Where Delhi Belly comes from
“Suppose you chomp down on an abscess and shatter your jaw,” says my dad in the cautionary tone of someone who knows about life or has at least been told a lot about it.
“Or suppose you get completely paralysed from the neck down. A proper superman job. How are you going to get home then?”
We are having a conversation about travel insurance. All I have asked for are the names of a few reputable brokers. Instead, my dad has opened my eyes to a seemingly endless score of terrifying “what ifs” that can happen around the globe.
“What if you put your foot down a rabbit hole and trip, cracking your head off a rock?”
I never knew this man had such a cool imagination. He lives in a world of “indemnity policies” and “negative equities” and “shadow cabinets”: things I had always assumed to be mind-picklingly officious. It turns out I might have been wrong. The field of insurance is as entertainingly grisly as a trip to the London Dungeon.
Come to think of it, the shadow cabinet sounds pretty spooky as well. Like something Lord Voldemort might be involved in.
“You hear about these kids,” he says, “who step on a jellyfish in Crete and spend the next forty years in a grubby Greek hospital, wriggling their eyebrows at nurses – once for yes, twice for no.”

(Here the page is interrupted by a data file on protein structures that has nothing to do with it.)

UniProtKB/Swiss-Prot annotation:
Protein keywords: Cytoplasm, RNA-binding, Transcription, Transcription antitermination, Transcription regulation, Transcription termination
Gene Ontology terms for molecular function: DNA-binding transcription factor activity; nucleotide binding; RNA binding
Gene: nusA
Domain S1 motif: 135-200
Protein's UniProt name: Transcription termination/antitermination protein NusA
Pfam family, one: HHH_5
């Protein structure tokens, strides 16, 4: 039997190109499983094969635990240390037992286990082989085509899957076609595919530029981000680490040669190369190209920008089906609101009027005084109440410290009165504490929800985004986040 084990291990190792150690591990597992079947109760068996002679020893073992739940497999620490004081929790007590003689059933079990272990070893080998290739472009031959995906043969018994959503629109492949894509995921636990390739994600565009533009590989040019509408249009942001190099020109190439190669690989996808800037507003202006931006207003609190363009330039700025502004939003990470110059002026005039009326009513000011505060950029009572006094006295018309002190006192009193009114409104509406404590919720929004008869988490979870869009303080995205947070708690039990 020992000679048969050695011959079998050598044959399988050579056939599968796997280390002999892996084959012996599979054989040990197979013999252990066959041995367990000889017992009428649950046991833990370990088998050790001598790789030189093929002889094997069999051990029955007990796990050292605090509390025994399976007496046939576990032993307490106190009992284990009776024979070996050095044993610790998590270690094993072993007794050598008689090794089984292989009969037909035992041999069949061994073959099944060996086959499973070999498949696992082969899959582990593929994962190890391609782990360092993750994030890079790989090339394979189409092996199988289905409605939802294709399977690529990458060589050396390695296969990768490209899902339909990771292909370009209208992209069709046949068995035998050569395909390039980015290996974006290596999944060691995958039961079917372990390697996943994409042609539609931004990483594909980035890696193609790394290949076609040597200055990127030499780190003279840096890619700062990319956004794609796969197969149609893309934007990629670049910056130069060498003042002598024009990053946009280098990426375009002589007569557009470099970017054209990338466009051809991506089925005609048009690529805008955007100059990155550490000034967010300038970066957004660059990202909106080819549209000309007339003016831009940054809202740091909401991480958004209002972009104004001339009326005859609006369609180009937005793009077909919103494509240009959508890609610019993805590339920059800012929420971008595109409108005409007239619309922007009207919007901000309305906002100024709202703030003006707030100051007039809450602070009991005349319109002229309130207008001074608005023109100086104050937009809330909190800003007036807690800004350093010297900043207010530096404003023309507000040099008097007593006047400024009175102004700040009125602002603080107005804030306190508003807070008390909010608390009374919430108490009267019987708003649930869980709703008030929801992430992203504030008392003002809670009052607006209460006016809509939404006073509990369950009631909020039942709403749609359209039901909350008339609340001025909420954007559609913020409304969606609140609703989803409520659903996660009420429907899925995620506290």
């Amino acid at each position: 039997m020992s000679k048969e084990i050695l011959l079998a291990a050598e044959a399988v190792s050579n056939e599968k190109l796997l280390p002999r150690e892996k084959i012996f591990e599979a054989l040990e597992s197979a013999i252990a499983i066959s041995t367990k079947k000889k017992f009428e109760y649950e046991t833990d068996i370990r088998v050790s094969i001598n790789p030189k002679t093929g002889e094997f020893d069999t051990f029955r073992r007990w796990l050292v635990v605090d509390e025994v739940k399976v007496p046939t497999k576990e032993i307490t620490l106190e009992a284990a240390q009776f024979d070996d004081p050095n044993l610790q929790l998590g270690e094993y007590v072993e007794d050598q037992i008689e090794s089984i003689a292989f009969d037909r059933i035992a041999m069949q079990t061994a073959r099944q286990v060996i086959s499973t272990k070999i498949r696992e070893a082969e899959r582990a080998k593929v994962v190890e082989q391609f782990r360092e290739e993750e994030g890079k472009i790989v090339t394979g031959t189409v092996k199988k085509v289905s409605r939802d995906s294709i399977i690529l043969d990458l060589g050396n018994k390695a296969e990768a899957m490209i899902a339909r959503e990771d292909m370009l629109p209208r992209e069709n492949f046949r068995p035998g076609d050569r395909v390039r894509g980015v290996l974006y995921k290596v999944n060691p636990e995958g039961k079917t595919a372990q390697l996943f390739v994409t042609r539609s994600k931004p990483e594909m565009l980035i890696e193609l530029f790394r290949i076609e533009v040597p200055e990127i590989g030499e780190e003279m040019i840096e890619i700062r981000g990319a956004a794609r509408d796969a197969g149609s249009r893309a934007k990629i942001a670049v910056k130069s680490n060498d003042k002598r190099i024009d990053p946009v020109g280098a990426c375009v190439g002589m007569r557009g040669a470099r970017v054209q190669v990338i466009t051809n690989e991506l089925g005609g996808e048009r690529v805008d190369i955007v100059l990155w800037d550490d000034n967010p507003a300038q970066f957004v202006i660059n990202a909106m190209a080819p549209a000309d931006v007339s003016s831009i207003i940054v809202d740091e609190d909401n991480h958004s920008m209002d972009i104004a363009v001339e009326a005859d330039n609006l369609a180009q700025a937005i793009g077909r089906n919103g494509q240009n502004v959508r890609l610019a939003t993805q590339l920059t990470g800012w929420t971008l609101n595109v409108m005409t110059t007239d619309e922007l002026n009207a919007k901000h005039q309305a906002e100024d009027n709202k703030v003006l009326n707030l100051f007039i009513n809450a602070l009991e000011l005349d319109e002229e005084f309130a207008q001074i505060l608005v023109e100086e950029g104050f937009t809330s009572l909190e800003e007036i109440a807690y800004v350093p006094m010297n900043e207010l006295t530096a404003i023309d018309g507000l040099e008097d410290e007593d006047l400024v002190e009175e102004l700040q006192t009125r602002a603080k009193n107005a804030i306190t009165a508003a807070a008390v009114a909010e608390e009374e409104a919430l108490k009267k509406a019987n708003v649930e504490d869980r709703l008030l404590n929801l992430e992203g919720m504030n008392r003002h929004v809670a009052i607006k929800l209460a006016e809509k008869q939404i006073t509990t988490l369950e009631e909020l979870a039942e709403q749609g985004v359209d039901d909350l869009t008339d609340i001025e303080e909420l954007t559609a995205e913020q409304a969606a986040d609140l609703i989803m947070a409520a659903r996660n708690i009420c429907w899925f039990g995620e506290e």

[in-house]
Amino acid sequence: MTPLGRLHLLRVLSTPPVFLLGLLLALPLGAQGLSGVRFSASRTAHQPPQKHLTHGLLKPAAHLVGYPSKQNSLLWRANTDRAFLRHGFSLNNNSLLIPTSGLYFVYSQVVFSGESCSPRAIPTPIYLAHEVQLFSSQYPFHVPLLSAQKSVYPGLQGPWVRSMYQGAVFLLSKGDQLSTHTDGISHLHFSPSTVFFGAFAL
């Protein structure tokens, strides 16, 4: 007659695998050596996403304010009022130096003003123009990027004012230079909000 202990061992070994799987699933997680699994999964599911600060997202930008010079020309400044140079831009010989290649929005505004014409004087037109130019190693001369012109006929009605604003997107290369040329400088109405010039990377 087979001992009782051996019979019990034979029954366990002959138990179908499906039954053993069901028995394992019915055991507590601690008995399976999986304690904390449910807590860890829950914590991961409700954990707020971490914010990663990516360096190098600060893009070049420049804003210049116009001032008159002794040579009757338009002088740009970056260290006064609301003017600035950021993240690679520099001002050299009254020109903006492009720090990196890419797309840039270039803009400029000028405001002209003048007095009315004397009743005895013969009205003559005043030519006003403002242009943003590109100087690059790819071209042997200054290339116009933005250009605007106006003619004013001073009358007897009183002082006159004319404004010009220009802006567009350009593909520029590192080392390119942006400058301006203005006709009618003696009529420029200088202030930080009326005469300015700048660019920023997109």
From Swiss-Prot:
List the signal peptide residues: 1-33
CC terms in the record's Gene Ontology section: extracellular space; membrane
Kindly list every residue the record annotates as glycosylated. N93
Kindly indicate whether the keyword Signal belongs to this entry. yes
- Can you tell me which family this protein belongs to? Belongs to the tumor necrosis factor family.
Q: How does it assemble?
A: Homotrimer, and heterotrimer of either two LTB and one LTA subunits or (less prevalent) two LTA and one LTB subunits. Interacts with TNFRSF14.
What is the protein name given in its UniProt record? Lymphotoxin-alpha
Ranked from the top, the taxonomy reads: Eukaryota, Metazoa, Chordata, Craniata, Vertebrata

After some more blood-curdling tales of potential holiday woe, my dad explains that my policy should include something called “repatriation”. Apparently, it is best to have a sort of escape plan built into your insurance policy: so that the company will charter a flight back to Old Blighty if you end up in a coma or a head in a jar.
“LastMinute.com isn’t much use if you’re in an Iron Lung in Baghdad with organ leggers asking suspicious questions about your teeth”, he warns me sagely.
I’m not going to Baghdad though. I’m going to nice places like Montreal, where there’s a really good socialist health service in place. A nice Canadian hospital is probably a good place to be in such an event. At least I wouldn’t have orange-skinned British nurses sponging me down with MRSA.
“And China? You don’t want to think about what you can catch in China. They invented SARS. And India? That’s where Delhi Belly comes from. And Poland? Whoa, Poland. Try pronouncing allergic to penicillin in that language.”
All this talk of jellyfish and eyebrows is putting me off going anywhere ever again. Who needs beaches and bad wax museums anyway? I might just stay at home.
“Home? Do you have any idea how many accidents happen in your own home? You’re scared of terrorism but you’ll twice as likely suffocate in your own bed.”
That’s it then. I’ll take one middleclass life of living in fear, sustantivo.